Going Global: Babson in Dubai for the Second Annual Babson Connect: Worldwide
By Greg McQuade, MBA’16 and Graduate Fellow, Graduate Center for Career Development
Babson Graduate CCD’s Lily Awad recently returned from a trek to Dubai. She embarked on the journey to participate in the annual Babson Connect: Worldwide. I recently sat down with Awad to hear more about her experience, Babson’s growing presence in the UAE and some of her personal highlights from the trip. Thanks, Lily!
You recently returned from your trip to Dubai. Can you tell me about the itinerary of the most recent Babson Connect: Worldwide event?
This year marked the second annual Babson Connect: Worldwide which took place in Dubai, UAE – the economic and entrepreneurial engine of the Middle East. Babson College has over 340 alumni living in the region, and 127 alumni attended the Babson Connect from all over the world. A total of 329 attendees were at the event including alumni, parents, faculty, board members and friends of the college.
The itinerary for the Connect was rich with opportunities to network and develop relationships among all participants. In true Babson fashion, each panel discussion incorporated some aspect of entrepreneurship and included conversations with Middle Eastern business founders, government officials, and youth. The schedule included eight panel discussions and two workshops facilitated by Babson’s faculty (a Design Thinking Workshop led by Professors Heidi Neck and Candida Brush and a workshop on Shareholder Value & Corporate Responsibility led by Prof. Richard Bliss). Panel topics covered media entrepreneurship, family business, women in entrepreneurship, issues with youth unemployment, and more. During the Gala Awards Ceremony on March 5th, Babson inducted H.H. Sheikh Ahmed bin Saeed Al Maktoum into the Academy of Distinguished Entrepreneurs and honored Shainoor Khoja with the Lewis Institute’s Community Changemaker Award.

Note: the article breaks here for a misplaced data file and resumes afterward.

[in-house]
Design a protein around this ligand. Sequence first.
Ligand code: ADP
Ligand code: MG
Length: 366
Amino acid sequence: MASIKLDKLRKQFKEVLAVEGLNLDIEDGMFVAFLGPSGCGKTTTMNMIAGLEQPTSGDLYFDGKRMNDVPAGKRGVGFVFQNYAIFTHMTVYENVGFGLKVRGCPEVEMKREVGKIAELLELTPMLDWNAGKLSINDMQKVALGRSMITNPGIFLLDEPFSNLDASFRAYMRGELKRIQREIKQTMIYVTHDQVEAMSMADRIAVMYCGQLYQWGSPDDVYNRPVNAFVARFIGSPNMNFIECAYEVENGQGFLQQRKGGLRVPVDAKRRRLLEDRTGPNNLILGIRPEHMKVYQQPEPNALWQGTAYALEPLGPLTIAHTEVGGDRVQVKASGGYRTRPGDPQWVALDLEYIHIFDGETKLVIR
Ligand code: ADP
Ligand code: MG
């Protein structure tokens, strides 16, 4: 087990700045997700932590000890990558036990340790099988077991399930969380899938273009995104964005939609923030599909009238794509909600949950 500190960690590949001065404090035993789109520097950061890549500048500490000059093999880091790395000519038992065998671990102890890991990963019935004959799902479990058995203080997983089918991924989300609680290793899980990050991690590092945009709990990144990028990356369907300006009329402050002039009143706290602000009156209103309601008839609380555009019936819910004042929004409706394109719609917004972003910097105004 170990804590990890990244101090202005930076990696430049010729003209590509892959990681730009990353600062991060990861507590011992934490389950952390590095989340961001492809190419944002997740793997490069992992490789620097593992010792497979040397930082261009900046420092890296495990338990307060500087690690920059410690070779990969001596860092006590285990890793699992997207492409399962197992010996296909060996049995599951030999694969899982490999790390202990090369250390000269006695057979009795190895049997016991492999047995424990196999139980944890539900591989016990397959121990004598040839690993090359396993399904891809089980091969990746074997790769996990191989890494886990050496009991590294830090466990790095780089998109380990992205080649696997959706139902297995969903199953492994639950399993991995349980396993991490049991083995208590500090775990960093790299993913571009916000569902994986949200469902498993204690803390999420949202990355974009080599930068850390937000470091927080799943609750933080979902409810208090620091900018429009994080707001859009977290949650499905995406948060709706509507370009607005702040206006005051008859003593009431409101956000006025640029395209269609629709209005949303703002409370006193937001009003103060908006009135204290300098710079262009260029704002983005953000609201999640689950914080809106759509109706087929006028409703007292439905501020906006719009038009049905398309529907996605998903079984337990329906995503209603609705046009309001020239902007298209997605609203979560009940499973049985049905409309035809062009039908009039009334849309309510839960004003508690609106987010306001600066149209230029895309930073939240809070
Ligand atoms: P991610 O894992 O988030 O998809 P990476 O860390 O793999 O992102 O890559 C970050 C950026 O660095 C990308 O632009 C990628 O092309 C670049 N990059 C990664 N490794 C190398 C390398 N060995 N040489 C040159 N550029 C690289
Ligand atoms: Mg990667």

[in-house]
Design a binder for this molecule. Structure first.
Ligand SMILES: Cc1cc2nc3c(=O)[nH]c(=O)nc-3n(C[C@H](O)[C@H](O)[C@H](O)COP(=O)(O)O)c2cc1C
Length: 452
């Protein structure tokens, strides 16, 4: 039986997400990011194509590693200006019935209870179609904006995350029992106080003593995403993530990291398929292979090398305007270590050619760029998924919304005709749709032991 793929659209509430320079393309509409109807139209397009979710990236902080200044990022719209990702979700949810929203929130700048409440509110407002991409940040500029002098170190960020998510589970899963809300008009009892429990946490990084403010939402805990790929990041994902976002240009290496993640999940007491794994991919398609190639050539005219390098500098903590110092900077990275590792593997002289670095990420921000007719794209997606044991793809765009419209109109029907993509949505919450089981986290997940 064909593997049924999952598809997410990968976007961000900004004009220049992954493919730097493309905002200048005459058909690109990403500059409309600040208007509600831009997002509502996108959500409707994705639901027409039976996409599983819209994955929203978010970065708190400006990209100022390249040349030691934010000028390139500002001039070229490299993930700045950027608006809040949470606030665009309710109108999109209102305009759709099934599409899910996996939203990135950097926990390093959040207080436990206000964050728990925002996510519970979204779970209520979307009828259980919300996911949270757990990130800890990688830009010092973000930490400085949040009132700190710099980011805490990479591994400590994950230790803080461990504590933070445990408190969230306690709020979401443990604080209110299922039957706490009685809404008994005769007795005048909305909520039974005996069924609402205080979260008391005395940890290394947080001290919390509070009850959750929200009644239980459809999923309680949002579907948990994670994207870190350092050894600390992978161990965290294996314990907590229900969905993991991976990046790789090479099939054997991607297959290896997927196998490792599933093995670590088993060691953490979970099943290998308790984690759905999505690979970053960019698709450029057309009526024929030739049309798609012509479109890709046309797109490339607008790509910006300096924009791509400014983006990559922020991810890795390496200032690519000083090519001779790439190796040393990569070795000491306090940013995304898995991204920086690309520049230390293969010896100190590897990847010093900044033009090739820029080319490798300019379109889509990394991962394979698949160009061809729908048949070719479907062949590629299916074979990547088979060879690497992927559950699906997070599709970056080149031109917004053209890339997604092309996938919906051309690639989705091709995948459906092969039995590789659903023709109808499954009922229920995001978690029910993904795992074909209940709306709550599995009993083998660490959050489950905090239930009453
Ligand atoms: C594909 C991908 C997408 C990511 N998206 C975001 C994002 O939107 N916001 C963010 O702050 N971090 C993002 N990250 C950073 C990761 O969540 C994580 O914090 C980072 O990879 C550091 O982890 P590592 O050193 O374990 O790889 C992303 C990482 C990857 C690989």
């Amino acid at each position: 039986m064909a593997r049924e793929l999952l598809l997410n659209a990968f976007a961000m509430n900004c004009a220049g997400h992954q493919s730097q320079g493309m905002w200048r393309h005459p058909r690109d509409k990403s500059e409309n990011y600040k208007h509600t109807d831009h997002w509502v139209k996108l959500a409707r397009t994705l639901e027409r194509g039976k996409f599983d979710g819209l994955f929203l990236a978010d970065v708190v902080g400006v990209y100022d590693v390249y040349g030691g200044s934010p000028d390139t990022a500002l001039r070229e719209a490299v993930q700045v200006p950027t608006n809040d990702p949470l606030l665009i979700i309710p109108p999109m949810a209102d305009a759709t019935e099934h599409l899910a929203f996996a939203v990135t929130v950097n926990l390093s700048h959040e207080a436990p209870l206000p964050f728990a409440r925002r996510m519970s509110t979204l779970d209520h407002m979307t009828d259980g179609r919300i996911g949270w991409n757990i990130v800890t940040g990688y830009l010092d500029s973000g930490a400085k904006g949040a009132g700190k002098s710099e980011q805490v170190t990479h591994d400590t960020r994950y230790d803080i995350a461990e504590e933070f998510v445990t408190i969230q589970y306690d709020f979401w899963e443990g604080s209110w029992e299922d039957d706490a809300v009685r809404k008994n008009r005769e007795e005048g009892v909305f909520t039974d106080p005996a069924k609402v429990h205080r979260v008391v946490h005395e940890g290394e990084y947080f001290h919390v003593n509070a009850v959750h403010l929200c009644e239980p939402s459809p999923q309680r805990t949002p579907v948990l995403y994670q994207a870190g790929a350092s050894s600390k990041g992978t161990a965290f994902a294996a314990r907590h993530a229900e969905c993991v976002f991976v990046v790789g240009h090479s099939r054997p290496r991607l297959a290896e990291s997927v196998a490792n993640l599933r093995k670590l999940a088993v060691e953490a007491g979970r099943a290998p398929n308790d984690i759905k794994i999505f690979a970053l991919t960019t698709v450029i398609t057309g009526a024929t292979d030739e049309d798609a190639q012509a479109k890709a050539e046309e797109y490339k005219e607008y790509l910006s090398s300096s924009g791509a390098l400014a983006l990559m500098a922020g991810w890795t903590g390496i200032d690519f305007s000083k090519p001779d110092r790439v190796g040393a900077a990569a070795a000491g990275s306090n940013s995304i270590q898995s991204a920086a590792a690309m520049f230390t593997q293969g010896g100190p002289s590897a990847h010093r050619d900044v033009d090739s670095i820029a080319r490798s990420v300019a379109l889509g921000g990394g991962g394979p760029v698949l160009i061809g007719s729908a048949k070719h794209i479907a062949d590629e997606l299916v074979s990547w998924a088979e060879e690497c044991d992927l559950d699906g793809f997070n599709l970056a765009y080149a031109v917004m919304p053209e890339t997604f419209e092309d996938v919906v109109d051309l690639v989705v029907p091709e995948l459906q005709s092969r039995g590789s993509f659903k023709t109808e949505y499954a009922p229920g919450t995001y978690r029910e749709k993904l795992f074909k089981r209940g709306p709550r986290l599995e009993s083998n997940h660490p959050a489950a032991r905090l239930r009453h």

The scope of this trip was much larger than the domestic Babson Connect events – what was Babson’s mission in leading this event?
The Worldwide Connect and the Babson Connects are very different events. The Babson Connects take place in four U.S. cities throughout the academic year. The mission for Babson Connect: Worldwide is to both celebrate and share knowledge around entrepreneurship’s impact on economic growth and social improvement. Additionally, it is an opportunity for the college to enhance our reputation globally.
Today the world is so interconnected that organizations have no choice but to think globally. Through President Healey’s leadership Babson College is thinking strategically about how to export our brand internationally, especially in markets that make sense for the college. Dubai sits at a crossroads between Asia and Europe. It is a great mid-point meeting place for alumni and friends of the college, at the same time Babson’s relationships in the Middle East are growing. Last year’s Babson Connect: Worldwide took place in Cartagena, Colombia a historical Latin American city, and a country whose economy is deeply rooted in entrepreneurship. Next year’s event takes place in Thailand where Babson has one of their largest alumni clubs.